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A Challenge to See

A Challenge to See

This past Sunday I was invited to preach in my home church, Chumuckla Community Church. It’s a real privilege to speak on the last Sunday of the year, hopefully rounding up where we have been and presenting a challenge for the future.

I was offered the epiphany scriptures, and used Matthew 2:1-12. I’m not going to summarize the sermon. My message was simple: We need to learn to see Jesus in people and respond accordingly. I contrasted the “god made manifest” of an Antiochus Ephiphanes, as opposed to the baby in Bethlehem. Where is it that you see Jesus?

Even further, how to you pursue the mission of Jesus? Is it according to the power-seeking ways of human politics, or is it in the giving ways of the Bethlehem story? Do you see God working when the powerful make power plays, or when servants serve?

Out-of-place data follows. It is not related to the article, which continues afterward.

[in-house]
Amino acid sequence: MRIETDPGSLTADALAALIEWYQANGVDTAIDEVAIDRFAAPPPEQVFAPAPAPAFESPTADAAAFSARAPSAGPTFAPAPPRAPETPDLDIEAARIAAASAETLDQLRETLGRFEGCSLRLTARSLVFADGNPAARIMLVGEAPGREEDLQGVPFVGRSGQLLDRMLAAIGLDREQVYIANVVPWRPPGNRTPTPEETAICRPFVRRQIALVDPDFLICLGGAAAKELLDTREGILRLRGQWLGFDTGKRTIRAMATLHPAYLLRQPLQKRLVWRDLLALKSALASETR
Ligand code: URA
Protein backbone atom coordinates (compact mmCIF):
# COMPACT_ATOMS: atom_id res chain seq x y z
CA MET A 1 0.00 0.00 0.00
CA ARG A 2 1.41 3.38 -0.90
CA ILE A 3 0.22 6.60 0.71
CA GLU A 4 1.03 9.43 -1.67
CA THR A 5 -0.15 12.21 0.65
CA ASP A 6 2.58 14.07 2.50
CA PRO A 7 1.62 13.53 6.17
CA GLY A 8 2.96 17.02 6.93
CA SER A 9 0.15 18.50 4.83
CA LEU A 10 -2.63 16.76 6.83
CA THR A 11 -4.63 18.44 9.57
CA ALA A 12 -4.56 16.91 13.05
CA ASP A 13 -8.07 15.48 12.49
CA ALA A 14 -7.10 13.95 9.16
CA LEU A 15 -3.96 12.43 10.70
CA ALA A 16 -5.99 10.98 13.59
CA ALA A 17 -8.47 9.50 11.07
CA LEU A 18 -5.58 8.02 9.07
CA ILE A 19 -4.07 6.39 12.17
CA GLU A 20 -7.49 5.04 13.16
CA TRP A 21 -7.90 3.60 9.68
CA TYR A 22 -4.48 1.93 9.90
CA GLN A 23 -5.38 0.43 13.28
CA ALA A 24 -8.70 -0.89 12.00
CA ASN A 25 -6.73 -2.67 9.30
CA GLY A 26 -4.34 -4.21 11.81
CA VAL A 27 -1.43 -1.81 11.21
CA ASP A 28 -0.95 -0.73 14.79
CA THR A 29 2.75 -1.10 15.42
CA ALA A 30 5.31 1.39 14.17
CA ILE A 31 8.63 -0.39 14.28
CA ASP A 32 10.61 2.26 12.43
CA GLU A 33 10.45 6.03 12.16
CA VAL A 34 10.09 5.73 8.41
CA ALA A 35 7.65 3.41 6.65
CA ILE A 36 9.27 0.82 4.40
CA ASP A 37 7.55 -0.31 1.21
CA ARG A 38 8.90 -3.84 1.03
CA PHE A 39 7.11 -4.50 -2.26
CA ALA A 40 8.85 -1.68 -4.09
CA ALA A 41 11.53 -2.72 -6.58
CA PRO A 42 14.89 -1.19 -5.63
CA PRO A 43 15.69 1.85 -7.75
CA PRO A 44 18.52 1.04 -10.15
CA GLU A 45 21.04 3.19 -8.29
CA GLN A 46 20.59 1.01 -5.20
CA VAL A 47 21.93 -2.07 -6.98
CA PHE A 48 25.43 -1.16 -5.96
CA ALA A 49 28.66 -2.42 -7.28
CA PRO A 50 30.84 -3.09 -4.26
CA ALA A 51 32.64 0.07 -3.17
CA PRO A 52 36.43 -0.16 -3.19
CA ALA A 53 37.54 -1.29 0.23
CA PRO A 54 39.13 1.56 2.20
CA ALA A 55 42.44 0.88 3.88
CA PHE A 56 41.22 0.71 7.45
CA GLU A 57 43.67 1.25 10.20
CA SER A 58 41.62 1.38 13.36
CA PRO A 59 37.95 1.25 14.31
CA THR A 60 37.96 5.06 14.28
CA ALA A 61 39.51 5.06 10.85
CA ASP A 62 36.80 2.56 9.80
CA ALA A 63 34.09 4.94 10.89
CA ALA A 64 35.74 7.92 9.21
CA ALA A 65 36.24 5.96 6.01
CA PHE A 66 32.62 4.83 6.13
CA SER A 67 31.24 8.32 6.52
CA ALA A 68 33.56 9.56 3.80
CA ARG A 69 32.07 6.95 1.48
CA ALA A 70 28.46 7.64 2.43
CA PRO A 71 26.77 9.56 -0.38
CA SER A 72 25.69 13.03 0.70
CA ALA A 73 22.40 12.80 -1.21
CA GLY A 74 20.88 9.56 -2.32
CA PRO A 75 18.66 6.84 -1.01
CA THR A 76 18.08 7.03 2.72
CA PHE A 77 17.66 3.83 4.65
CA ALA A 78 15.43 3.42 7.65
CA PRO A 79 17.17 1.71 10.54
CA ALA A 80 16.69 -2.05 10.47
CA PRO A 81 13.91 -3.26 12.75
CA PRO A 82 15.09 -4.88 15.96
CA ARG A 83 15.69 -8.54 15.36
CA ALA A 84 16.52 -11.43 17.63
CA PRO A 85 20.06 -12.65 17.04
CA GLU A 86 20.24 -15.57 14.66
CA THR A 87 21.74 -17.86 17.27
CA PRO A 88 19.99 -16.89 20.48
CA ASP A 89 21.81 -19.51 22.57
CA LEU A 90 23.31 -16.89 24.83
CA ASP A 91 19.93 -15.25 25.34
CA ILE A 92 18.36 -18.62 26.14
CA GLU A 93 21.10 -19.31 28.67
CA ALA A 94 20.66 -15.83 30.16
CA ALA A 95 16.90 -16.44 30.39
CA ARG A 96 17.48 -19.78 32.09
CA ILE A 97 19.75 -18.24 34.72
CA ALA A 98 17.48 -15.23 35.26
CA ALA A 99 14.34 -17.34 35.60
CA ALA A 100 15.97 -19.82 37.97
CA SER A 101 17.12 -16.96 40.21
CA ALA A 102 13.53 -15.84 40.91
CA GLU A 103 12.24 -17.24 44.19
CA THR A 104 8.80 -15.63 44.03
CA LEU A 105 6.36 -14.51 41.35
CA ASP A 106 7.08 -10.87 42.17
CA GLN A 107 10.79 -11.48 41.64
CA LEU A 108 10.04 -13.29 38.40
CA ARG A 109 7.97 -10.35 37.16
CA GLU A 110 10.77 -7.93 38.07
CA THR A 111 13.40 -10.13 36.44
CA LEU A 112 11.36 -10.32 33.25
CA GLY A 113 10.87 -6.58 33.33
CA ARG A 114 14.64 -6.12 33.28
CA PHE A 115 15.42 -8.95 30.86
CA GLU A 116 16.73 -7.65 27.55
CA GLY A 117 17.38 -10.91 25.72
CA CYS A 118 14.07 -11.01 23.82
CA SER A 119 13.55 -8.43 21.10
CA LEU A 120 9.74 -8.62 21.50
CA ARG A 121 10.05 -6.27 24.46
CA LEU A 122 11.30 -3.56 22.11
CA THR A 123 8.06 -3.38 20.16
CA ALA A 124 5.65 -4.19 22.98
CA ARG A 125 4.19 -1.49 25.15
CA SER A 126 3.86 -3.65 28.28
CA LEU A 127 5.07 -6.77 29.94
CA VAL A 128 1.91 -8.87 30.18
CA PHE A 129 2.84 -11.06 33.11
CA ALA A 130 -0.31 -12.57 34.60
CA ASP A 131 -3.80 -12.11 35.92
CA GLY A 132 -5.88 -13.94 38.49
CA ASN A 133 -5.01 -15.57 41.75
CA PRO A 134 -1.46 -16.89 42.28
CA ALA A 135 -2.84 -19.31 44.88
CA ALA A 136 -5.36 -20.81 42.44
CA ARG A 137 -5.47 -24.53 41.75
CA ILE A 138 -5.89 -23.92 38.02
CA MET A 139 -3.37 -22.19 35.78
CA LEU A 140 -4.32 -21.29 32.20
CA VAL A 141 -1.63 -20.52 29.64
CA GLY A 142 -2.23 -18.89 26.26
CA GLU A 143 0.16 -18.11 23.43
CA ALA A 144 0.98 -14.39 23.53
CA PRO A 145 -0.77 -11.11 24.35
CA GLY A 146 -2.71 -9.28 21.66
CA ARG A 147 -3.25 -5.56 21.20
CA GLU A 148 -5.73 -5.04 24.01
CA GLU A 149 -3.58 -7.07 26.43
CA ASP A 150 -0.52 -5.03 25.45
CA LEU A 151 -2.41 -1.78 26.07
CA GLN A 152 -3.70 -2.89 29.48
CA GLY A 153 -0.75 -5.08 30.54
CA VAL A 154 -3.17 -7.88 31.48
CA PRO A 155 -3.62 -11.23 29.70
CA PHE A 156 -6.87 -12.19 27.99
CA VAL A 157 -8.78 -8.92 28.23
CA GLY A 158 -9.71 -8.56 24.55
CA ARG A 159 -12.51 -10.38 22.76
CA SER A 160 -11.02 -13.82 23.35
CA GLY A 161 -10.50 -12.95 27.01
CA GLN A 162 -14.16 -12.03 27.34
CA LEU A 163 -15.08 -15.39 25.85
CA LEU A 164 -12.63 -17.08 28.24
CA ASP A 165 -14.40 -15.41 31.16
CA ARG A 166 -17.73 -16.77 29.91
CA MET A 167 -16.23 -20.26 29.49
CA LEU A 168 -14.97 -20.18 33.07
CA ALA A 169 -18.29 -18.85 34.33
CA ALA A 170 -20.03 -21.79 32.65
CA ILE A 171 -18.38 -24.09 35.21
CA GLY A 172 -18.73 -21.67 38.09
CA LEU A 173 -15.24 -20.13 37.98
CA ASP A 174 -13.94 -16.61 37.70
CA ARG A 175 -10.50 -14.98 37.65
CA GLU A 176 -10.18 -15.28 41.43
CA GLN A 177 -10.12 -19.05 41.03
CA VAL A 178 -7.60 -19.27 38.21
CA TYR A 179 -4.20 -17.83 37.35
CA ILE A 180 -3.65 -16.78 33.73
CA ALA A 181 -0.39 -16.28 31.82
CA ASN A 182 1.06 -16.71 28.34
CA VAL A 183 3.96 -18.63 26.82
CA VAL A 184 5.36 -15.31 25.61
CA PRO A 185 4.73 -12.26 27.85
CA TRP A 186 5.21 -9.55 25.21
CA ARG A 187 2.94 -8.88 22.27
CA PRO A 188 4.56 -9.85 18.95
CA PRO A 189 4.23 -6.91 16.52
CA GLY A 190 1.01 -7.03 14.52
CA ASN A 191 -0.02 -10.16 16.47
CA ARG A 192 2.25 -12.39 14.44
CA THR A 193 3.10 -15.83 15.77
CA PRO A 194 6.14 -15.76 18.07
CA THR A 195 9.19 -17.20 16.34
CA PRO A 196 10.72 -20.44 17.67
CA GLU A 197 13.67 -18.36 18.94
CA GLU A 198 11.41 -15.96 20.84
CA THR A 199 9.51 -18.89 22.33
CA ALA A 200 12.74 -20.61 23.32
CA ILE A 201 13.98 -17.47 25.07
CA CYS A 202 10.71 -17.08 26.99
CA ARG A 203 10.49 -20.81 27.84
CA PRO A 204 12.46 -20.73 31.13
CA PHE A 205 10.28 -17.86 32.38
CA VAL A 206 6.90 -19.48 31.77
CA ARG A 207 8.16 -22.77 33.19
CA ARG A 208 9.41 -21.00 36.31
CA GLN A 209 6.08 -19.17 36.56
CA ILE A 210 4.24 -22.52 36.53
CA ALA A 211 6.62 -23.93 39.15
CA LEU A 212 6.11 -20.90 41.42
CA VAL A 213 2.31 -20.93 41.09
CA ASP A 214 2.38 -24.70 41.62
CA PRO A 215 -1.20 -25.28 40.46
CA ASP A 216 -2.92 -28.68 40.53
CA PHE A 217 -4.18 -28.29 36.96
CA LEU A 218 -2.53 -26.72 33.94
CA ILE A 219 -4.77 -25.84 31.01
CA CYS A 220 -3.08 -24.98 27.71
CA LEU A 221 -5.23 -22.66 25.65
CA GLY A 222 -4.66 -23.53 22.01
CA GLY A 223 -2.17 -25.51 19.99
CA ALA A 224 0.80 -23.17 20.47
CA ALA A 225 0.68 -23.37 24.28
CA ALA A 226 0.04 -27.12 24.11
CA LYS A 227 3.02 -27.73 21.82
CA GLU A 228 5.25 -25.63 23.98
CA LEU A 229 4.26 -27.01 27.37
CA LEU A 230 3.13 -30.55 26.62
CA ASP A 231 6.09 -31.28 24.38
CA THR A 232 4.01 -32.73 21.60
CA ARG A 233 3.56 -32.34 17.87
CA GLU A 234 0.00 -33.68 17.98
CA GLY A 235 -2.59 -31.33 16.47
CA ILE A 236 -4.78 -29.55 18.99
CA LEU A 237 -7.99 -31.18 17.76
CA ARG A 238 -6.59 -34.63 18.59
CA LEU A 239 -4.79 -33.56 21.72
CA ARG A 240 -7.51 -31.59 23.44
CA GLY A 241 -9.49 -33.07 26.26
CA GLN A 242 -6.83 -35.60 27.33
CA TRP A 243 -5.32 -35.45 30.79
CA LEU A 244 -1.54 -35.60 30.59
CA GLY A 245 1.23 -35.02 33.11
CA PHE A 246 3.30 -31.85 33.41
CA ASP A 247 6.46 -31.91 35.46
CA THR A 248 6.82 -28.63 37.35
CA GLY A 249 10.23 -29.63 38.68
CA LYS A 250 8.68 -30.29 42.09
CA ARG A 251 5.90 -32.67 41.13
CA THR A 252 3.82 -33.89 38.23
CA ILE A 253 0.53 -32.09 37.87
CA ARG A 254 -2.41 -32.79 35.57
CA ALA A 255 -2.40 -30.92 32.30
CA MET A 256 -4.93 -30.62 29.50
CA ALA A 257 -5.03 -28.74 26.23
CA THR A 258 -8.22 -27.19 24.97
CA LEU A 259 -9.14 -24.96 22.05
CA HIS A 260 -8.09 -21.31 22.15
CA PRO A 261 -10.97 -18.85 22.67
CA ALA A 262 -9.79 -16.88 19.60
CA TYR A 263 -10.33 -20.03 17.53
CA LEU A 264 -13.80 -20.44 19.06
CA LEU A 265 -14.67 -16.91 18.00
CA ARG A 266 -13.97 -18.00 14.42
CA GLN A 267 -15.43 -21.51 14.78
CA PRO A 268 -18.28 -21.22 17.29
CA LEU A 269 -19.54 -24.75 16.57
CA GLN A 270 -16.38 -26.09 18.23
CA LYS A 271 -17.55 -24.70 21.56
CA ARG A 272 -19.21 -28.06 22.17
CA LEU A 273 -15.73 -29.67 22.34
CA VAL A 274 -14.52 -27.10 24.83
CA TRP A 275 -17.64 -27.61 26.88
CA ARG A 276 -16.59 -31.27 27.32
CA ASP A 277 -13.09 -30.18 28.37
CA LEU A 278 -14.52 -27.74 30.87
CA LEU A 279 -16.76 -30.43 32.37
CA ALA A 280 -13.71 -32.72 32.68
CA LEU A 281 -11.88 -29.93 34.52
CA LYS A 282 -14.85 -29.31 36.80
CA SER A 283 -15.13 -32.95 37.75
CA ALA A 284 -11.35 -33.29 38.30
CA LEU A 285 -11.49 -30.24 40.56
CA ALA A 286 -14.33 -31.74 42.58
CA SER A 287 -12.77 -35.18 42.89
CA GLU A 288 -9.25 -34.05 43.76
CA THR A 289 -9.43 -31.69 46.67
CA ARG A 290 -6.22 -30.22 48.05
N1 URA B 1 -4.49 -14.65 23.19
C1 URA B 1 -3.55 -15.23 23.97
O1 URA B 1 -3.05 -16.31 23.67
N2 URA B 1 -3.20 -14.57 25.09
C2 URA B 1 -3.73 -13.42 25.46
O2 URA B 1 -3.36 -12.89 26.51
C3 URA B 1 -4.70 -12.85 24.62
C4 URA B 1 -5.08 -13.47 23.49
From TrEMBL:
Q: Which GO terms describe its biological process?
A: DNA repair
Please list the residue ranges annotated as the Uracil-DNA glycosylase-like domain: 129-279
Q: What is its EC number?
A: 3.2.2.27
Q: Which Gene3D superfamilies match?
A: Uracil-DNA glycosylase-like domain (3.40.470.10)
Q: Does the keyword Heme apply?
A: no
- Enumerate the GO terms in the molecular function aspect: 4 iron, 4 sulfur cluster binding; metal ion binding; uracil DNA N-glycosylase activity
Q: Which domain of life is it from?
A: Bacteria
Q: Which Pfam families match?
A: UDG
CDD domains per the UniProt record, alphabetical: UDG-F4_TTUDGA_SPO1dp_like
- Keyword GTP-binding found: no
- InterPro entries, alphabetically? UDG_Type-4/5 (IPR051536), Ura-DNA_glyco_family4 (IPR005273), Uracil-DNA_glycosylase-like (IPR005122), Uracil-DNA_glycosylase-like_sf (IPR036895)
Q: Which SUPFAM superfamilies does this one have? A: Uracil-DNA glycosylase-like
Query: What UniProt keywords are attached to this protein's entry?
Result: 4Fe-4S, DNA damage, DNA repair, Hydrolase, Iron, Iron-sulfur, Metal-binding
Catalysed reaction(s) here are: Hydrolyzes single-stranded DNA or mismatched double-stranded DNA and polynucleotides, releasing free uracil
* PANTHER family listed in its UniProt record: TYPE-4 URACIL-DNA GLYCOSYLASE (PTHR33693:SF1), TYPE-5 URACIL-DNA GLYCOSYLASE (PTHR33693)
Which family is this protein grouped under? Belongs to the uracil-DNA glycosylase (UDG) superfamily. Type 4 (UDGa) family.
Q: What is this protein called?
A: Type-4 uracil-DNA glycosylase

I referred to Matthew 25:31-46. There are many debates about this passage. Years ago I read it as a performance based righteousness, and as identifying the specific type of righteous performance required. (I still think it identifies righteousness for a follower of Jesus.) I later realized that nobody who thought they were going to heaven actually were doing so, and those who were, didn’t realize it. (I understand the varying views of just what is involved in this judgment. I’m not concerned with that difference at the moment. The good guys don’t realize they’re good; the bad guys think they’re good.)

In the last couple of weeks, however, I became aware of a tragedy in the story. I’m not in any way presenting this as an interpretation of the parable. The blessing of a story, however, is that it can convey many things. The tragedy I see is that nobody at all was aware of the fact that they were seeing Jesus as they looked into the faces of people they either helped or didn’t. Not one recognized what they were seeing. This isn’t a question of salvation, but rather of the joy of living this life.